Health and Safety Sentence Sends Clear Message
16 october 2007
Ryman Healthcare Limited has been sentenced in the Christchurch District Court to a $22,500 fine for three breaches of the Health and Safety in Employment Act 1992.
The Department of Labour had initiated the prosecution after investigating construction work being conducted at the company’s Aidenfield site in Christchurch.
The investigation found significant hazards at the site which placed employees and contractors at risk of serious harm. The hazards included working at heights without fall protection, poorly constructed scaffolding and the unsafe use of a Manitou Telehandler Forklift.
Ryman Healthcare pleaded guilty to all charges and was fined $7,500 for each of the three breaches. While Rymans had had a good record to date, in handing down the sentence the Judge said there was clear potential for danger and the offences couldn’t be swept under the carpet or said to be minimal.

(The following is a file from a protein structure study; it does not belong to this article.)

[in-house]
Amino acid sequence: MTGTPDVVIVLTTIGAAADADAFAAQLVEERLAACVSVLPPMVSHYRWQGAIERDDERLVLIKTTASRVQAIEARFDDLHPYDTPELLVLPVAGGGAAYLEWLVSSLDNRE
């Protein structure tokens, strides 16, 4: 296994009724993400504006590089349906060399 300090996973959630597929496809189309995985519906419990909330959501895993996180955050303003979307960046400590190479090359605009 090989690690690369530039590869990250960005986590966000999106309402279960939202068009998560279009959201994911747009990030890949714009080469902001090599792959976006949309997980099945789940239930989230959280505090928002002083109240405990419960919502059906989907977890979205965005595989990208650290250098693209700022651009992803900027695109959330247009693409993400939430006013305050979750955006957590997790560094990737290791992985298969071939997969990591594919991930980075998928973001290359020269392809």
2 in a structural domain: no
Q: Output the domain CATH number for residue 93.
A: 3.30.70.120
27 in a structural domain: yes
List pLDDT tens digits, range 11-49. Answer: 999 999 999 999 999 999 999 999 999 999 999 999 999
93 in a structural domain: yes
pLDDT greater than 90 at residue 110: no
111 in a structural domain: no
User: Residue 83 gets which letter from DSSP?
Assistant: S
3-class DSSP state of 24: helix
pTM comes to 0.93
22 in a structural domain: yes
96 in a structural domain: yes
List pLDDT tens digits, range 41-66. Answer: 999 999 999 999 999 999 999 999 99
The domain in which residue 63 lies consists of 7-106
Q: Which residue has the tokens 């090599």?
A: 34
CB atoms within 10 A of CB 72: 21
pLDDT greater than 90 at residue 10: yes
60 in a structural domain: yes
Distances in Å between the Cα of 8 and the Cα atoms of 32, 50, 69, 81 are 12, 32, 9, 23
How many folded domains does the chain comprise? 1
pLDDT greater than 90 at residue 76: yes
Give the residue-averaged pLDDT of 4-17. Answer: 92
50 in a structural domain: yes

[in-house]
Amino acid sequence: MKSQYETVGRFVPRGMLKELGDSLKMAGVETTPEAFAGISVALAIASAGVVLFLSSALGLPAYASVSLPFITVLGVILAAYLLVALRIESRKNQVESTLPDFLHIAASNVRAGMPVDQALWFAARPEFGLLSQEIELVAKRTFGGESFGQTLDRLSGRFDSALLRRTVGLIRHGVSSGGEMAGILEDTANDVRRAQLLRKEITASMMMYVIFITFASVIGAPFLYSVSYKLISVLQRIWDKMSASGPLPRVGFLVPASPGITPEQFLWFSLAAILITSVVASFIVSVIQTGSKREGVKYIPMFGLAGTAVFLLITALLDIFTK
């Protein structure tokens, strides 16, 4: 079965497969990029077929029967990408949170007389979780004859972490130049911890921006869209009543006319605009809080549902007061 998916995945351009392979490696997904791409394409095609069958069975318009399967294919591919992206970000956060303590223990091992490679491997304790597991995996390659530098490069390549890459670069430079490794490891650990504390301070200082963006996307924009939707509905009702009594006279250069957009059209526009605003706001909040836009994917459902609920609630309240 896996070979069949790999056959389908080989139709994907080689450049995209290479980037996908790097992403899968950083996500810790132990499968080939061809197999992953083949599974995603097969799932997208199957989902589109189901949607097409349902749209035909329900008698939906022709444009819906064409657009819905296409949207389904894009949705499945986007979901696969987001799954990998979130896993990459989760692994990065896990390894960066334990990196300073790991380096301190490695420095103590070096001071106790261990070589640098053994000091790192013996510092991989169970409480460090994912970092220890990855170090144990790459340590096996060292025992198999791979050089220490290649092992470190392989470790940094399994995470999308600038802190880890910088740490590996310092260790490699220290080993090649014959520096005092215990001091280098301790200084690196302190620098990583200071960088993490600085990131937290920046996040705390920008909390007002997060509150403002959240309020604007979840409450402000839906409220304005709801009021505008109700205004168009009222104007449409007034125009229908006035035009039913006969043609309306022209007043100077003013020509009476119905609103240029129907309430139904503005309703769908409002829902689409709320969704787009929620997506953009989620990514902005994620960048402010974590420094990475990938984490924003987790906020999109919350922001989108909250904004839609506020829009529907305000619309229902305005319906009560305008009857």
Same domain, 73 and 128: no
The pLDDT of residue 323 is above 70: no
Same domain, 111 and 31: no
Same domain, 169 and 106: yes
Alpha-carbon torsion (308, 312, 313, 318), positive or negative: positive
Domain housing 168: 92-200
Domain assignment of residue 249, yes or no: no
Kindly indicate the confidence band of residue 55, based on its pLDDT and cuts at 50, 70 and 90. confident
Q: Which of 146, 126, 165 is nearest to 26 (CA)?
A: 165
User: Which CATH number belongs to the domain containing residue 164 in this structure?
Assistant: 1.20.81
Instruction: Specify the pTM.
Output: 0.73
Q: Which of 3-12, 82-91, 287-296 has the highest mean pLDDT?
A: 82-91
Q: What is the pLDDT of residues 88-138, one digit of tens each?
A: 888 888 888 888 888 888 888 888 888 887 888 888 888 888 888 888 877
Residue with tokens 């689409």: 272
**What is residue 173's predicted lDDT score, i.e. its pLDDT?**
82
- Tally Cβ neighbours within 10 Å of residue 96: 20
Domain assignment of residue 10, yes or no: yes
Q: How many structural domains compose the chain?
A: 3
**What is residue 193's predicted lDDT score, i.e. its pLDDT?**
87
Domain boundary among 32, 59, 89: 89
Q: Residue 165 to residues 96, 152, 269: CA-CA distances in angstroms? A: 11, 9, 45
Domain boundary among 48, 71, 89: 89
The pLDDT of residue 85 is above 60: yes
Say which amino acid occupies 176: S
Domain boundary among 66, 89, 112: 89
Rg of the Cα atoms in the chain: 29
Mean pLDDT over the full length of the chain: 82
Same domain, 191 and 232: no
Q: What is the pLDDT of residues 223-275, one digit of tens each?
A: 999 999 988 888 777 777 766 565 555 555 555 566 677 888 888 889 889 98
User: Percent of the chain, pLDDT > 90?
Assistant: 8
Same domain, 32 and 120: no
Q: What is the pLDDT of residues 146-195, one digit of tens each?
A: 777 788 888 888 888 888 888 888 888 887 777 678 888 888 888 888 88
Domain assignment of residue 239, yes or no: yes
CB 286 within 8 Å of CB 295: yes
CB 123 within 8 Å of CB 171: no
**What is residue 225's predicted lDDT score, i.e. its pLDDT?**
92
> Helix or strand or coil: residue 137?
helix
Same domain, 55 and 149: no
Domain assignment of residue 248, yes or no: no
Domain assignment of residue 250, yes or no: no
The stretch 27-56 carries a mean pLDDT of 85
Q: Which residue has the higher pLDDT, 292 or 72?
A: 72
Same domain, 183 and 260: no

Sheila McBreen-Kerr, Regional Manager for the Department of Labour, says the sentence sends a clear message to employers.
“While no-one was injured, there was a real risk of serious harm to the workers on the site.”
“The sentence handed down yesterday tells employers that they shouldn’t wait for an incident to happen before assessing their workplace for hazards. All companies are responsible for ensuring the health and safety of their employees," she said.
The Department of Labours role includes enforcement and prosecutions, but is also about supporting organisations to ensure their systems are robust.
Ms McBreen-Kerr said “We will continue working with Rymans to ensure they have an effective safety culture going forward.”
In recent discussions with the Department of Labour, Rymans Chief Executive Simon Challies acknowledged their responsibility to ensure the safety of their employees and contractors working on their behalf, and were disappointed that the breaches had occurred. Rymans took immediate steps once the safety issues had been discovered and have been working constructively with the Department of Labour to ensure they provide a safe and healthy workplace for all their employees.
To the journalist: Please note that Occupational Safety and Health (OSH) should now be referred to as the Department of Labour.